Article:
Chisholms in Canada

Most of the Chisholm and other clan members evicted from their Highland tenancies ended up in Antigonish county in Nova Scotia.  The first vessel with emigrants was the Nova which arrived at Pictou in 1801.  One of the 500 passengers on board that vessel, Margaret Chisholm, lived for another seventy years.  She recalled in later life the horrors of the voyage

"At starting nothing could be heard but for the laughing and the frolic of the children. One by one their bodies were consigned to the angry deep. The laughter and frolic and crying were hushed and the hearts of the mothers were filled with anguish.”

Smallpox had broken out on the ship and sixty five children died during the crossing.

Nova Scotia 

The following is a list of some of the early Chisholm migrants to Nova Scotia and where they settled.

Early Chisholm Settlers in Nova Scotia
Family Head                                                   Settlement
Roderick (and Margaret)                                   Marydale
Chisholm family on the Sarah                             North River
John and Donald                                             Malignant Cove
Duncan                                                         Little Harbour (Pictou)
Colin, Alexander, and Archibald                          Long Point/Lismore
Donald, Finlay, and Alexander                            Gow
Donald (Og)                                                   Tracadie (Prince Edward Is)
Donald (Mor)
Archie and Donald (Mor)                                   South Side Harbour
Alexander (and Mary)                                       Salt Springs
John (and Margaret)                                        Brierly Brook
Donald and Dan                                              South River
John (married to a Miss McPherson)                   Gaspereaux Lake                               
Duncan                                                         Buidhe

Some Chisholms also headed for Prince Edward Island.  This was the destination for the Skye islanders, commencing in 1803.  William Chisholm and his family were onboard that first ship.  They didn’t stay.  But Michael Chisholm, who arrived later in 1829, settled in Uigg, Queen’s county. 

There were hardships in the early years; as log cabins were built, land cleared, and the cattle and sheep raised were prey to attacks from wild animals.  What goods they required in Antigonish had to be laboriously brought from Pictou as there was no road but a track on the route and no bridges across the rivers.

However, these hardships were endured because the new settlers could re-create their own Highland community without too much interference.  They could remain clansmen in their new land.  It was a strange but true fact that, some thirty years later, many of the evicted Chisholms still swore allegiance to the “Chisholm” back in Scotland.  These Highlanders held onto their customs and their music.  They stayed Catholics; and the Catholic priesthood flourished.  They started the Antigonish Highland Games to fund the construction of St. Ninian’s Cathedral.  And this tradition has been handed down through the generations.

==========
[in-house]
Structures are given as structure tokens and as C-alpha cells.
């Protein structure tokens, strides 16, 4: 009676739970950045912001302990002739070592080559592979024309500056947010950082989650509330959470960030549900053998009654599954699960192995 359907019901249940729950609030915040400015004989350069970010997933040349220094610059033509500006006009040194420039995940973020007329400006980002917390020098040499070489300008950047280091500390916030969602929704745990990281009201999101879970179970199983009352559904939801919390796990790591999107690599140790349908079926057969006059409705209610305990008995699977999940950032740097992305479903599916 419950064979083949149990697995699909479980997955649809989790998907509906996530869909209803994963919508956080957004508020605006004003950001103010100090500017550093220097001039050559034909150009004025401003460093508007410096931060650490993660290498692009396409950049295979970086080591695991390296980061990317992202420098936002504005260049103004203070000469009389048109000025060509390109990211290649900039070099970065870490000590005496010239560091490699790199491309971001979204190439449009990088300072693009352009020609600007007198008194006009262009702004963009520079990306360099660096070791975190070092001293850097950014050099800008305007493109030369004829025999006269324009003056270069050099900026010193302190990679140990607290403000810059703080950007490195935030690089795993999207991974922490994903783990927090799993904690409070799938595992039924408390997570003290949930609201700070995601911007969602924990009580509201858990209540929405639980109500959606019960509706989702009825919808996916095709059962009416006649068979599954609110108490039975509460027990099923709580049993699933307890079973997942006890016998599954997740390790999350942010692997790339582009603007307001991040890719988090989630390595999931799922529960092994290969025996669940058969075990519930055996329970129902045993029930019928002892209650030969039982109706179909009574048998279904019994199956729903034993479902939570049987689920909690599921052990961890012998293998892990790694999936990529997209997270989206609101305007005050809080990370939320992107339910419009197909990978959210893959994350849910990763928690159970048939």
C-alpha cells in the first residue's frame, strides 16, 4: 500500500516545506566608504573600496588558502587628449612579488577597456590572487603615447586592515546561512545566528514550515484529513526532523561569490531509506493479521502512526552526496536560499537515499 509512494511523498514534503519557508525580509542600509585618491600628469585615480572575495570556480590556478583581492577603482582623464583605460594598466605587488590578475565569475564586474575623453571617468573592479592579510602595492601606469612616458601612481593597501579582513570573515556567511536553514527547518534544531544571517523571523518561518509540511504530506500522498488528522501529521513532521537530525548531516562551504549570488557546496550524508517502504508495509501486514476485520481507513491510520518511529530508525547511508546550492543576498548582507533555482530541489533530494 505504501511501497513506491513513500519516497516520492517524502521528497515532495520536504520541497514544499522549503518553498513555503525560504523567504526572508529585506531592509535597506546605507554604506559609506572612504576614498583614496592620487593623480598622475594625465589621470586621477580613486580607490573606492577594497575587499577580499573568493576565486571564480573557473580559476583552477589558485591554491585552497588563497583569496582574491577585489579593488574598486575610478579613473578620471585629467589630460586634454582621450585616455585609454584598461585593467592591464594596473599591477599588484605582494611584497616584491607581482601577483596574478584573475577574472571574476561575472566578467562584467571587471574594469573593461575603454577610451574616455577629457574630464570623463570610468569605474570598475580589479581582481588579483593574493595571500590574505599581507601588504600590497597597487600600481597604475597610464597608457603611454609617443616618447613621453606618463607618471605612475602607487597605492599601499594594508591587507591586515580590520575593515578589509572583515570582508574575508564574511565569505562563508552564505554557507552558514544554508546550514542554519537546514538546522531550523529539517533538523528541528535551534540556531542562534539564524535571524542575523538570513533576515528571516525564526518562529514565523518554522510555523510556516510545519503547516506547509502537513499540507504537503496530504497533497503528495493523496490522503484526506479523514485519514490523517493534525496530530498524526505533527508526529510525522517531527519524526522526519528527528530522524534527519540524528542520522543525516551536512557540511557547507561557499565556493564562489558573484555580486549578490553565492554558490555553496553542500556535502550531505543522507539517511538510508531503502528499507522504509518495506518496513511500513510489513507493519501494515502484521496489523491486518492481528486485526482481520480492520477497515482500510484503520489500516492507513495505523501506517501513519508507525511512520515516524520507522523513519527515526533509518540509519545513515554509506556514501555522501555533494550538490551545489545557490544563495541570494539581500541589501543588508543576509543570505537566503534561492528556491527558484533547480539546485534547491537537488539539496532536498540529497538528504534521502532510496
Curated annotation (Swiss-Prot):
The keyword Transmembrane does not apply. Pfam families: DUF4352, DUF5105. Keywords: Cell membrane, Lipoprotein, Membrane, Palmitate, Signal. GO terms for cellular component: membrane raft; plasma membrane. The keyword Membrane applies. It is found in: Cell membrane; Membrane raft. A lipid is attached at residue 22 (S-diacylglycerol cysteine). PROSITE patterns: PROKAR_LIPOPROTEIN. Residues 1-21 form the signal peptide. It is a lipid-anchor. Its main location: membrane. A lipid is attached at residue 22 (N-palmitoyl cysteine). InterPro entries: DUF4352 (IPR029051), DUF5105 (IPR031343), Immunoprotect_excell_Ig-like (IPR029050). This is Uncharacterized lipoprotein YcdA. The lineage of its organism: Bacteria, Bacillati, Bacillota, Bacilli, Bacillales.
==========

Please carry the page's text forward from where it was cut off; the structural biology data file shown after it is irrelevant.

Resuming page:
Descendants.  Father Daniel Chisholm played a key role in the formation of St. Francis Xavier University in the 1890's.  But perhaps the most prominent Chisholm from this community was Joseph Andrew Chisholm, born in Marydale, who became the Chief Justice of the Nova Scotia Supreme Court in 1931.  Today, John Chisholm from Antigonish owns Nova Construction, a company which plans a controversial strip-mining operation on Cape Breton Island.   


The Chisholm migration to Canada in fact predated the clearances.  George Chisholm had left Croy (near Culloden) for America in 1773.  After the Revolutionary War, he ended up in Canada.  He settled in Burlington Bay on the SW corner of Lake Ontario and died there in 1840, a Chisholm loyalist to the last, at the ripe old age of ninety.  His son was William Chisholm, the founder of Oakville township nearby (where the family later created their own Erchless estate), and his great great grandson, Brock Chisholm, the first director of the World Health Organization.

In 1784, Glengarry was formed on the banks of the St. Lawrence as the first-ever Highland community in Canada.  John Chisholm from Strassglass was an early arrival, settling on Indian land along the Black river. Alexander Chisholm, who came in 1817, later represented the district in Parliament.  The Highland tradition here still flourishes.

Later Immigration.  Later arrivals came more from the sense of economic opportunity than from the need to preserve old traditions.  In the 1850’s, William Chisholm arrived in western Ontario from Caithness and set up a lumber mill at Roslin on the banks of the Moira river.   The company that he founded is today the Chisholm Group.

Some sons of these immigrants became prominent industrialists across the border.  Hugh Chisholm, born in Chippewa Ontario (where he was a childhood friend of Thomas Edison), helped found the paper giant now known as International Paper.  It started in the 1890’s with his company, Oxford Paper, and a mill town in Rumford, Maine.  Archibald Mark Chisholm, the son of recent immigrants into Alexandria Ontario, later became known as the “iron man” after he had helped found the iron ore mining town of Chisholm in Minnesota.